The finale felt as if they were not only making Jack (wanting to) atone for a mistake he made as a child, but, from the writer's perspective, erase every instance where he came off as less than shiny and heroic over the season, and from KKBB and Sleeper to Adrift and Fragments there were quite a few of those moments.


Then there's Jack's past and Gray's story. I already thought that the glimpses we got in Adam were a little... bland, maybe, but there JB managed to convince me of what they mean to Jack. In this episode, however, the lack of convincingly fleshed out back-story really made itself felt, IMO.

On the whole I think the finale could probably have been a lot better if it had been a two-parter with more time given to Gray, Jack and John's history. Personally, I'd have scrapped Sleeper (Not so much because I have issues with it, but because unless those aliens are going to turn up in the current DW season it added nothing to the series as a whole plot-wise, except maybe to establish that TW really does protect humanity from time to time, nor does it specifically advance the relationships between any of the characters. [*]) and pushed everything back one episode, which would have given them enough time to really explore what happened to Gray in the finale and actually make the viewer care about him. A vague 'those creatures' or 'the worst creatures imaginable' might have been enough in CJH and Adam, but when we're actually dealing with the consequences of what they did, it'd be useful to get a name or faces, a history and a general sense of what they want besides torture and kill, or why they do it. As far as I'm concerned neither James Marsters not the actor who played Gray managed to give an adequate impression of the horror of what happened, and the whole thing fell a little flat. Even Lovecraft's nameless and unspeakable monsters get to show the occasional tentacle.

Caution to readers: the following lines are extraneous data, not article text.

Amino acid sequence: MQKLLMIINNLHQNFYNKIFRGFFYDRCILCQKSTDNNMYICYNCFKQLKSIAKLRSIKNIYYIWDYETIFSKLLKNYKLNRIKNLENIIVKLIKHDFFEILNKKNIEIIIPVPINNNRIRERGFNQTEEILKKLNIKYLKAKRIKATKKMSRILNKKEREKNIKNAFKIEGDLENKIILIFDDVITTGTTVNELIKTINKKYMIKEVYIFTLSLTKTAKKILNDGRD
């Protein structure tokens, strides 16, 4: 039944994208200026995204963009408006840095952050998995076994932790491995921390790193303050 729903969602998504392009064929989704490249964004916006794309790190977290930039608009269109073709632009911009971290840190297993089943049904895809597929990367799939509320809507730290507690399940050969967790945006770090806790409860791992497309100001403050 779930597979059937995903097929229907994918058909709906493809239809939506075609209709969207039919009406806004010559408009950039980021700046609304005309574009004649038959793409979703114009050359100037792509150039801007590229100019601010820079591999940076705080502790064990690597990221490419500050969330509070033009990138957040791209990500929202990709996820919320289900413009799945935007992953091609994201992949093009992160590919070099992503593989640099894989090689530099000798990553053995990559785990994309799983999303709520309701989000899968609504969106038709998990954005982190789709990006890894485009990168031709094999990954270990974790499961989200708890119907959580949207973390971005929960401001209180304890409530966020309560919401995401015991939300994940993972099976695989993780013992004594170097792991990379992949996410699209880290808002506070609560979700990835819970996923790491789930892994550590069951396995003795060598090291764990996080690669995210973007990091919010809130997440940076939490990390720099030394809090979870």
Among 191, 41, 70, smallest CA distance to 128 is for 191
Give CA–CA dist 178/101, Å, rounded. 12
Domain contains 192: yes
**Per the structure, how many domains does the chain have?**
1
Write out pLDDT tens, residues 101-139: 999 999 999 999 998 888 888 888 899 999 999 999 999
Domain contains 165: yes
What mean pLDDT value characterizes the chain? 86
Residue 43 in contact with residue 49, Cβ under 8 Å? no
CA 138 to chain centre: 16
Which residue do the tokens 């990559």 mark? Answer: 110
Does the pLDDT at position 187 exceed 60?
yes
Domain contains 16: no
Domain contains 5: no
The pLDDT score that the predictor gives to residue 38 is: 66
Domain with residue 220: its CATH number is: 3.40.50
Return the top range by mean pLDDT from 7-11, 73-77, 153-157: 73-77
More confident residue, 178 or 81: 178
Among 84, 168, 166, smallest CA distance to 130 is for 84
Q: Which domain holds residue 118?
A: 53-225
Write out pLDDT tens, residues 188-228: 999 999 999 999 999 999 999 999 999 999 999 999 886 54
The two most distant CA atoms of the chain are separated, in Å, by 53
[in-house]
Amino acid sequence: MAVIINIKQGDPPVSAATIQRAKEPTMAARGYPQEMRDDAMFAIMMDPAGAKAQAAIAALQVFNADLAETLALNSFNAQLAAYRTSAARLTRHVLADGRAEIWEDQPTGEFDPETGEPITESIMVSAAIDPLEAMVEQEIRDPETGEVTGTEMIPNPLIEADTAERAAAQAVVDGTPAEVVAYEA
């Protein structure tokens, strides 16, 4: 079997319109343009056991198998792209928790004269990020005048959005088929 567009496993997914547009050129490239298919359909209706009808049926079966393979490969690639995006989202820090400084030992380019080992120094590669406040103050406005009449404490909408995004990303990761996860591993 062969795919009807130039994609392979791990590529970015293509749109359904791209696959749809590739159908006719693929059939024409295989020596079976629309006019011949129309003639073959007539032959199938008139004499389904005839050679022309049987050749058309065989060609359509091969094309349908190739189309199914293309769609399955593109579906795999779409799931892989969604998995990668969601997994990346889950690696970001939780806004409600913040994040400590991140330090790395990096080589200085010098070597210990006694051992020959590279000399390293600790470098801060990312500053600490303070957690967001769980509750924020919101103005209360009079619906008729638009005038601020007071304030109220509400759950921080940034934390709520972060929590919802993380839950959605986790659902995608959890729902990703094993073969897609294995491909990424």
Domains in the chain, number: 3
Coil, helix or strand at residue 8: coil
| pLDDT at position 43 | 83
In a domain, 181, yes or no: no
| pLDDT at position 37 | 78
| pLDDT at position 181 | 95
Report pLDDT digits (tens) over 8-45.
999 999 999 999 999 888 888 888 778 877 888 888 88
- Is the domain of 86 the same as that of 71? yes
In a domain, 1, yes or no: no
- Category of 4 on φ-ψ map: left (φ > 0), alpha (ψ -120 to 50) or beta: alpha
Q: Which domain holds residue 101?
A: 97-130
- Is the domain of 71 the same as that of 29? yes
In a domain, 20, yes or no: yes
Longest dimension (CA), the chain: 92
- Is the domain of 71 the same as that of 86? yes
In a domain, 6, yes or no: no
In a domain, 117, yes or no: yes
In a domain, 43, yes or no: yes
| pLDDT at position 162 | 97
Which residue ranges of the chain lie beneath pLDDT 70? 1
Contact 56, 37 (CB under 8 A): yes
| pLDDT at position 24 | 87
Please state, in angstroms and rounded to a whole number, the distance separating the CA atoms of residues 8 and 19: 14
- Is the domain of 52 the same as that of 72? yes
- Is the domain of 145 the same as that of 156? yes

I don't know if it was a money or time issue not to shoot any scenes of Gray's history, but if you choose to simply tell the story, then (sorry, TW) it needs to be done better and more convincingly. And I agree with what everyone already said about the casting choice for Gray -- did they just pick the next best actor roughly John Barrowman's size? Not to be extra bitchy, but if you have a character who is not just one dimensionally evil, but in many ways a child stuck in an adult's body, mentally destroyed, emotionally dead to everything except hate, you need to pick an actor who can actually play that and make you feel the tragedy of it, as well as some sympathy. I can't get all this just from Jack's reaction, and it's putting too much of a burden on JB. I've never come close to agreeing with that particular subset of the It's-crap-and-I'm-only-watching-it-for-the-boykissing crowd that constantly claims that JB can't act, because IMO he's done some pretty amazing things over both TW seasons as well as on DW, but in this episode I think he's been given a nearly impossible task with this story line, and the lack of support he got from the actor who played Gray. How do you convincingly say 'I forgive you' from out of drawer? Not that most of it isn't still good, all things considered, especially the scene after he gets out of the morgue ['Oh, and by the way, I'll need a cloth drenched with chloroform when I wake up, thank you very much'? Hm.], when Jack with perfect sincerity acknowledges that it's all his fault, even when his brother can't hear him any more.